The Bow of Odysseus, Heracles’ Crime, and the Gigantomachy in the Odyssey

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Marek Wȩcowski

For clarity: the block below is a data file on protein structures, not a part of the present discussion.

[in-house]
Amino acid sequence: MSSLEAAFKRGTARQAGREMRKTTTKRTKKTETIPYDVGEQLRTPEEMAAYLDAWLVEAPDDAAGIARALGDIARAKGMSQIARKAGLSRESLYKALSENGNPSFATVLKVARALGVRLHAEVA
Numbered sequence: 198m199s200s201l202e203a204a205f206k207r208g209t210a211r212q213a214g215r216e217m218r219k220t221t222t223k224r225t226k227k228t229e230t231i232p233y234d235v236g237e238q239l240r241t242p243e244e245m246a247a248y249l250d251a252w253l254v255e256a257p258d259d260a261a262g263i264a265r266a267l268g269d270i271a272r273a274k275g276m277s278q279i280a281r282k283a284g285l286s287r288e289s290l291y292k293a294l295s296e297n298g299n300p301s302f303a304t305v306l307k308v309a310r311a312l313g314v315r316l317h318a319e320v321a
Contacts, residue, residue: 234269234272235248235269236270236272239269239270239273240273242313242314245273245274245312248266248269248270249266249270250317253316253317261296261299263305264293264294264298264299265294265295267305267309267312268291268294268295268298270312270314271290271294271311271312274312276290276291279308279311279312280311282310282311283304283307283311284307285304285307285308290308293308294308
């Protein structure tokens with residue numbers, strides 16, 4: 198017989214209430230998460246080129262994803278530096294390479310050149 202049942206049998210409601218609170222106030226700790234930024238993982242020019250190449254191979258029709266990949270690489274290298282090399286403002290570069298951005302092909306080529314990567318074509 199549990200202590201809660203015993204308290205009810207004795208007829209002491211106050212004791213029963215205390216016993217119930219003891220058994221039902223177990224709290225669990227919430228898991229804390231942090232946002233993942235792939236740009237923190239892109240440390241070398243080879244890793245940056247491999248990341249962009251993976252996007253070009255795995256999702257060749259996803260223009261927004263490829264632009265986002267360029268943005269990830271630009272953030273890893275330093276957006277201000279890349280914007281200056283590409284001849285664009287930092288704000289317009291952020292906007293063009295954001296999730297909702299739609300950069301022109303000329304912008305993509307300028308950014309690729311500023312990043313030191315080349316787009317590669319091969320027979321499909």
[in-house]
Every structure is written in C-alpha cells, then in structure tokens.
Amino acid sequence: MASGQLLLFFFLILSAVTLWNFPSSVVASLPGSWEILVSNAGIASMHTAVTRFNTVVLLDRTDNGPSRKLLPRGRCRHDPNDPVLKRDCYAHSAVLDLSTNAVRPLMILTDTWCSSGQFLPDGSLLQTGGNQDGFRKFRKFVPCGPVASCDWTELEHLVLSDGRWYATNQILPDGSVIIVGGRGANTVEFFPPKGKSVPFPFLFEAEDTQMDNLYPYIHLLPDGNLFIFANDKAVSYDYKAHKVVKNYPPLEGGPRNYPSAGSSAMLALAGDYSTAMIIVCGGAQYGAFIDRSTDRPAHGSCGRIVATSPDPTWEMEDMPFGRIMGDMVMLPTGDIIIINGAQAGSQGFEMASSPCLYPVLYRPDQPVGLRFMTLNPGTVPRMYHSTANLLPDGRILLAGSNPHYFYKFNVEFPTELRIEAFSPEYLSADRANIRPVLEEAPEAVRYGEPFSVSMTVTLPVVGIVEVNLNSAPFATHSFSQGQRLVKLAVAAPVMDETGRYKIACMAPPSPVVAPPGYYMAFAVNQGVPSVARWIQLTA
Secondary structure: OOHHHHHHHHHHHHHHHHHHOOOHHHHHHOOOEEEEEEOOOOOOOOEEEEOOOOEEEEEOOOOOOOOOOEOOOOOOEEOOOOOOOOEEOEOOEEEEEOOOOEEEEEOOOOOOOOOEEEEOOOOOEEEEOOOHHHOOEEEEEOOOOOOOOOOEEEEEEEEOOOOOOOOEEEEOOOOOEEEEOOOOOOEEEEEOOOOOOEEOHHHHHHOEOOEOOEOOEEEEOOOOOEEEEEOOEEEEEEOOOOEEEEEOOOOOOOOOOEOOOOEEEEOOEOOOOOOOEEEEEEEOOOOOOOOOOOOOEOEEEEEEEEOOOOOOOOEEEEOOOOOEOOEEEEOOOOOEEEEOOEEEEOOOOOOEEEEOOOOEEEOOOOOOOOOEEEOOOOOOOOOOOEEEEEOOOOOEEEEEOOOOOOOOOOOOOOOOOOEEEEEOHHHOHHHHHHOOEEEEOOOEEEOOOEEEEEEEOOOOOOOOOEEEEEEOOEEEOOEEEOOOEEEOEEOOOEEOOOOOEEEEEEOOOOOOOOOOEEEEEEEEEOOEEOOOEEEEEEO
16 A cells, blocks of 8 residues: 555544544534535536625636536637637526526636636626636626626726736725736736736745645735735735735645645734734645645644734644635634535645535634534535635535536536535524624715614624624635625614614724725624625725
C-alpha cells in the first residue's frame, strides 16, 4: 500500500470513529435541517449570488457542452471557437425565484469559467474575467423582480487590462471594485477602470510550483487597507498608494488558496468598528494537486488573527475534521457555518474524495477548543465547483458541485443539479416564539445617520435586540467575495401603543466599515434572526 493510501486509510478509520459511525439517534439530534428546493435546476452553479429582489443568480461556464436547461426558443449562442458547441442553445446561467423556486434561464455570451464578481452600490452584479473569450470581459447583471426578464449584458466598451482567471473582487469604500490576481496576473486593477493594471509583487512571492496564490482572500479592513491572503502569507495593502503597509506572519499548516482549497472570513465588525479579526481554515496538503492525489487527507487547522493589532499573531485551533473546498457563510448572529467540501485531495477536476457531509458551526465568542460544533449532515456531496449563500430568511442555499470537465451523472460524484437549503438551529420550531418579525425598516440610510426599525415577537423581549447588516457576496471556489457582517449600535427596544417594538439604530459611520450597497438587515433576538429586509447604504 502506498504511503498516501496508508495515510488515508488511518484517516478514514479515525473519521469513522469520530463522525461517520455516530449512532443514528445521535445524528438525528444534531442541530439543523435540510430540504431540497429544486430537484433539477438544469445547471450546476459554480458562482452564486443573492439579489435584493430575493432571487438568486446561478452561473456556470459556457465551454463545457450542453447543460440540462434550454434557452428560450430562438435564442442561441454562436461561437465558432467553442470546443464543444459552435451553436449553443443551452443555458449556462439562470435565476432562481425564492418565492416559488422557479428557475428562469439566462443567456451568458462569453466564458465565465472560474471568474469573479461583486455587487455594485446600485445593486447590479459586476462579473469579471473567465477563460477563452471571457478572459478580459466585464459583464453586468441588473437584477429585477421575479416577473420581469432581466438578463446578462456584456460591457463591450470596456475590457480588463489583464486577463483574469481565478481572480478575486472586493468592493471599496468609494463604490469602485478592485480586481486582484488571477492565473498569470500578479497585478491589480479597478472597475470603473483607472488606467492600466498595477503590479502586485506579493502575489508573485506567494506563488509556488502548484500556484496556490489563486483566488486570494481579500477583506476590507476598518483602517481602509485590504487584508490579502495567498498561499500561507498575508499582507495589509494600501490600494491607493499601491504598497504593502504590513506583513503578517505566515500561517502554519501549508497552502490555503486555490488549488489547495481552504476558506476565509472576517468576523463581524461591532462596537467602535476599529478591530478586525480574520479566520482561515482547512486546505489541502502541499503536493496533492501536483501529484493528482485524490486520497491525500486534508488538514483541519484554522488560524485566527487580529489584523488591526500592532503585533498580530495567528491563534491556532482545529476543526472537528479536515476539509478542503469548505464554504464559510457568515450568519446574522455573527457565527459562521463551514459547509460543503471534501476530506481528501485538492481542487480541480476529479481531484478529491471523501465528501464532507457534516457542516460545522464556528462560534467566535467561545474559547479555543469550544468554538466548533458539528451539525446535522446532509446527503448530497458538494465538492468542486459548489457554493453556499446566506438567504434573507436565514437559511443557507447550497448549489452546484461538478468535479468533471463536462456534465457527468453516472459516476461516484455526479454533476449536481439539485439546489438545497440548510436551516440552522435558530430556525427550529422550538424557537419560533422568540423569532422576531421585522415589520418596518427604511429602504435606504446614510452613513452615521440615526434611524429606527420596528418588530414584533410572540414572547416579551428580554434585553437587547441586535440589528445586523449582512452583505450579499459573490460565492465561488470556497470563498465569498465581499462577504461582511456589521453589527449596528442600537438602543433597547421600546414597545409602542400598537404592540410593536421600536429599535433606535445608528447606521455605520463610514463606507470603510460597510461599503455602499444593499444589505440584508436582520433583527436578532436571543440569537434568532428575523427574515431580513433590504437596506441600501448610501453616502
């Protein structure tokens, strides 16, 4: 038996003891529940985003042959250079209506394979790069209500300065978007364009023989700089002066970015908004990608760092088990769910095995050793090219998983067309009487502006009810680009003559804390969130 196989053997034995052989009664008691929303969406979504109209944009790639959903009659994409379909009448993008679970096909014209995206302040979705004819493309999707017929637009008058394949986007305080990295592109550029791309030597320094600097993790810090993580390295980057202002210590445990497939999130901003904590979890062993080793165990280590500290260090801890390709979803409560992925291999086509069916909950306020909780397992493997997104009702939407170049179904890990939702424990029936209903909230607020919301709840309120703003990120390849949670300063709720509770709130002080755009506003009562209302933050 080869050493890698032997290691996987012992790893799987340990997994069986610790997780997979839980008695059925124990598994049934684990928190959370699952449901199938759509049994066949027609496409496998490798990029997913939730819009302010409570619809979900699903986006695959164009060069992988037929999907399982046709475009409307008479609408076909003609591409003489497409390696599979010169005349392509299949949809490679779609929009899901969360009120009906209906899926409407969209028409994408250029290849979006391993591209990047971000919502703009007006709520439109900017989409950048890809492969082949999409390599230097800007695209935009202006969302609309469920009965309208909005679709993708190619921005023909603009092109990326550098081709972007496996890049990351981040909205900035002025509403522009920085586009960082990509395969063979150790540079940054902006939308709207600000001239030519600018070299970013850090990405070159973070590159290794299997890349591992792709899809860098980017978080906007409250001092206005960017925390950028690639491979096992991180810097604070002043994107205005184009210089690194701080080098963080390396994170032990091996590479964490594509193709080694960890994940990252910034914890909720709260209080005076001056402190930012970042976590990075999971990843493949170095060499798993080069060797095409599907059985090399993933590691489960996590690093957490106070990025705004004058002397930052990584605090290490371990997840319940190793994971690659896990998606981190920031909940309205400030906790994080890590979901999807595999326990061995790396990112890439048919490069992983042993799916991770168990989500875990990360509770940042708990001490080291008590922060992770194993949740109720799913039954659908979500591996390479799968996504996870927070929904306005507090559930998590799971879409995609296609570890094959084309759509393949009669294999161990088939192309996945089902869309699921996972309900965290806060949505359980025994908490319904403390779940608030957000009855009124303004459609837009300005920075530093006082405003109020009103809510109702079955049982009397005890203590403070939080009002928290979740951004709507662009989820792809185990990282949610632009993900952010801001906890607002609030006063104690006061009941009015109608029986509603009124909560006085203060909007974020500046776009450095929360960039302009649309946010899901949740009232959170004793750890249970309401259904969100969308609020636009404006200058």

This paper focuses on a mysterious reference in the depiction of the provenance of the fateful bow of Odysseus in Od. 21.26, which is usually translated as ‘[the man called] Herakles, guilty of monstruous actions’ or else as ‘... Heracles aware of great deeds’. Instead of traditionally linking this allusion to Heracles’ killing of Iphitos or the story of Heracles’ involvement in the theft of the mares of Iphitos’ father by Autolykos, Odysseus’ grandfather, it is argued that the reference here is to the participation of Heracles in the cosmic battle of the Olympian gods against the Gigantes. Accordingly, the line should be translated as follows: ‘Heracles, witness to great deeds’. As such, Od. 21.26 would provide us with the earliest attested mention of the Gigantomachy in Greek literature. If so, alongside other passages in the Odys- sey such as 12.69–70 (mentioning ‘Argo, who is in all men’s minds’), this reference might have been triggered by the poet’s eagerness to include an allusion to a freshly pre-Homeric poem widely circulating among his envisaged audience.


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